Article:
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Those with chronic pelvic pain often find relief from their symptoms by using marijuana, according to a new study published in the Journal of Women’s Health. The study, conducted by researchers at the respected Mayo Clinic, is titled Use of Cannabis for Self-Management of Chronic Pelvic Pain.

“Chronic pelvic pain (CPP) affects up to 15% of women in the United States”, states the study. “The endocannabinoid system is a potential pharmacological target for pelvic pain as cannabinoid receptors are highly expressed in the uterus and other nonreproductive tissues.”

With this in mind, they hypothesized “that cannabis use is common for self-management of CPP, and our primary objective was to determine the prevalence of cannabis use in this population.”

For the study, a cross-sectional survey of women with pelvic and perineal pain, dyspareunia, or endometriosis was performed between March and August 2019. Subjects were recruited in an outpatient gynecology office and an anonymous, confidential, electronic survey was performed using a tablet. Statistical analysis was performed using JMP.

“The majority used at least once per week”, states researchers, and they “reported improvement in symptoms, including pain, cramping, muscle spasms, anxiety, depression, sleep disturbances, libido, and irritability”.

Over one-third (35%) “stated that cannabis use decreased the number of phone calls or messages sent to their provider, and 39% reported decreased number of clinical visits.”

The study concludes by stating that “Almost one-quarter of patients with CPP report regular use of cannabis as an adjunct to their prescribed therapy. Although side effects are common, most users report improvement in symptoms. Our study highlights the potential of cannabis as a therapeutic option for patients with CPP.”

The study’s abstract:

Background: Chronic pelvic pain (CPP) affects up to 15% of women in the United States. The endocannabinoid system is a potential pharmacological target for pelvic pain as cannabinoid receptors are highly expressed in the uterus and other nonreproductive tissues. We hypothesize that cannabis use is common for self-management of CPP, and our primary objective was to determine the prevalence of cannabis use in this population.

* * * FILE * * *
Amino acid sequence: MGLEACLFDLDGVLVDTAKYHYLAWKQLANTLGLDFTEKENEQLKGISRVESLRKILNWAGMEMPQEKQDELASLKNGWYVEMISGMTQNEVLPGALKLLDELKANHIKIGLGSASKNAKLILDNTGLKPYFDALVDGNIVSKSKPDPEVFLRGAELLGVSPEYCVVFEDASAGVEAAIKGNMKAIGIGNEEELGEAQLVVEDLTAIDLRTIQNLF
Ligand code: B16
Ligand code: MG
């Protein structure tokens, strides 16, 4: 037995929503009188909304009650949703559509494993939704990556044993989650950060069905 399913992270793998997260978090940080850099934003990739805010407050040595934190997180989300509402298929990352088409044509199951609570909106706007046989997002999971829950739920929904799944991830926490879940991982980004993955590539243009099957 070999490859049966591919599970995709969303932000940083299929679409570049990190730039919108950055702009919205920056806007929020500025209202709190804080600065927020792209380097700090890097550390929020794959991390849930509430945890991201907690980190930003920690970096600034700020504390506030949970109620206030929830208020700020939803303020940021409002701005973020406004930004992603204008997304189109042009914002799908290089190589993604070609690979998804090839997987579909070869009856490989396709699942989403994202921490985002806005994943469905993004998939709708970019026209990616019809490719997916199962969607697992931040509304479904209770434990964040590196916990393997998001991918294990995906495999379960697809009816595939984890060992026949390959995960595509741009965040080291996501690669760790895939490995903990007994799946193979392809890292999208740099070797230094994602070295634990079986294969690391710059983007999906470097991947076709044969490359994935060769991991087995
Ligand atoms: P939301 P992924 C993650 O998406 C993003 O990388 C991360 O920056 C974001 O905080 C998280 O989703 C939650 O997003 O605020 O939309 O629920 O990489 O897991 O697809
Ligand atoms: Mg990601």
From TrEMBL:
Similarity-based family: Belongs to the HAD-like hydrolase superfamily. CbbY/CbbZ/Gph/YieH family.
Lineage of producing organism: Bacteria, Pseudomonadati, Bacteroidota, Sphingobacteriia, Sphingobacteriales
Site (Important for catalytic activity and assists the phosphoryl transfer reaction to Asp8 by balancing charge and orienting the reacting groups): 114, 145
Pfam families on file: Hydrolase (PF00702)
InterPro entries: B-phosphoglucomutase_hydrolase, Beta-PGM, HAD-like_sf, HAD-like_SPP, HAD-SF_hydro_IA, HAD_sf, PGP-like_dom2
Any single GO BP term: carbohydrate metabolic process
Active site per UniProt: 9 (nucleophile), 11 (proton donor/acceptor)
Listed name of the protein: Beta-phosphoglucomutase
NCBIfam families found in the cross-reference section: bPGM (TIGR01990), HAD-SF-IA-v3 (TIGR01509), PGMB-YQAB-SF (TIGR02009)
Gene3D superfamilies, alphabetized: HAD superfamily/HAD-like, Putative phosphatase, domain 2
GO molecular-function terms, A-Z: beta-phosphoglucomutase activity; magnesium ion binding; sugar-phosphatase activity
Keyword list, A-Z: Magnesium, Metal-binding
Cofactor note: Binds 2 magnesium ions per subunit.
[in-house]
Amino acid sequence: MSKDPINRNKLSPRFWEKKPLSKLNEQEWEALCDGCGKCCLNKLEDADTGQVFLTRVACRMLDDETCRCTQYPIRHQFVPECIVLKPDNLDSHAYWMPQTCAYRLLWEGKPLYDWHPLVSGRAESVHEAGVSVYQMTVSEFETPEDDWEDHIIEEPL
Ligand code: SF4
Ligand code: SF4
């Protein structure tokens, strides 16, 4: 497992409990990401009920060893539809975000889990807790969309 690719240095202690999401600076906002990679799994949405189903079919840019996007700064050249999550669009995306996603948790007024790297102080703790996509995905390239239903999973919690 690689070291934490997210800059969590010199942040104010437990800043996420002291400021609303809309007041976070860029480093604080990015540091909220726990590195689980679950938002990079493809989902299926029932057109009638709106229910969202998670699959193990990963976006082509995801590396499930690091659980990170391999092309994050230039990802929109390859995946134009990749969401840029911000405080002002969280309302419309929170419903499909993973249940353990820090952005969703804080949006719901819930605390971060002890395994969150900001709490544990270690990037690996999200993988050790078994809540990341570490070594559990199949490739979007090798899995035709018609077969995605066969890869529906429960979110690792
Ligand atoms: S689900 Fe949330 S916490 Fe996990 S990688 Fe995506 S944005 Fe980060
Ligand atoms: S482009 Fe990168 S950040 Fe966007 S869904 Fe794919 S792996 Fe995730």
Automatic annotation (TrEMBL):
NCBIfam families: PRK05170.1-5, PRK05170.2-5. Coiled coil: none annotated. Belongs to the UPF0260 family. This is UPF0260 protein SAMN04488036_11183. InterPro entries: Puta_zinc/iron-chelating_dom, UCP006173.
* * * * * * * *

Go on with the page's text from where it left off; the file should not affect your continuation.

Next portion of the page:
Materials and Methods: A cross-sectional survey of women with pelvic and perineal pain, dyspareunia, or endometriosis was performed between March and August 2019. Subjects were recruited in an outpatient gynecology office. An anonymous, confidential, electronic survey was performed using a tablet. Statistical analysis was performed using JMP (SAS, Cary, NC).

Results: A total of 240 patients were approached, with 113 responses (47.1% response rate). There were 26 patients who used cannabis (23%). The majority used at least once per week (n = 18, 72%). Most users (n = 24, 96%) reported improvement in symptoms, including pain, cramping, muscle spasms, anxiety, depression, sleep disturbances, libido, and irritability. Over one-third (35%) stated that cannabis use decreased the number of phone calls or messages sent to their provider, and 39% reported decreased number of clinical visits. Side effects, including dry mouth, sleepiness, and feeling “high,” were reported by 84% (n = 21).

Conclusions: Almost one-quarter of patients with CPP report regular use of cannabis as an adjunct to their prescribed therapy. Although side effects are common, most users report improvement in symptoms. Our study highlights the potential of cannabis as a therapeutic option for patients with CPP.



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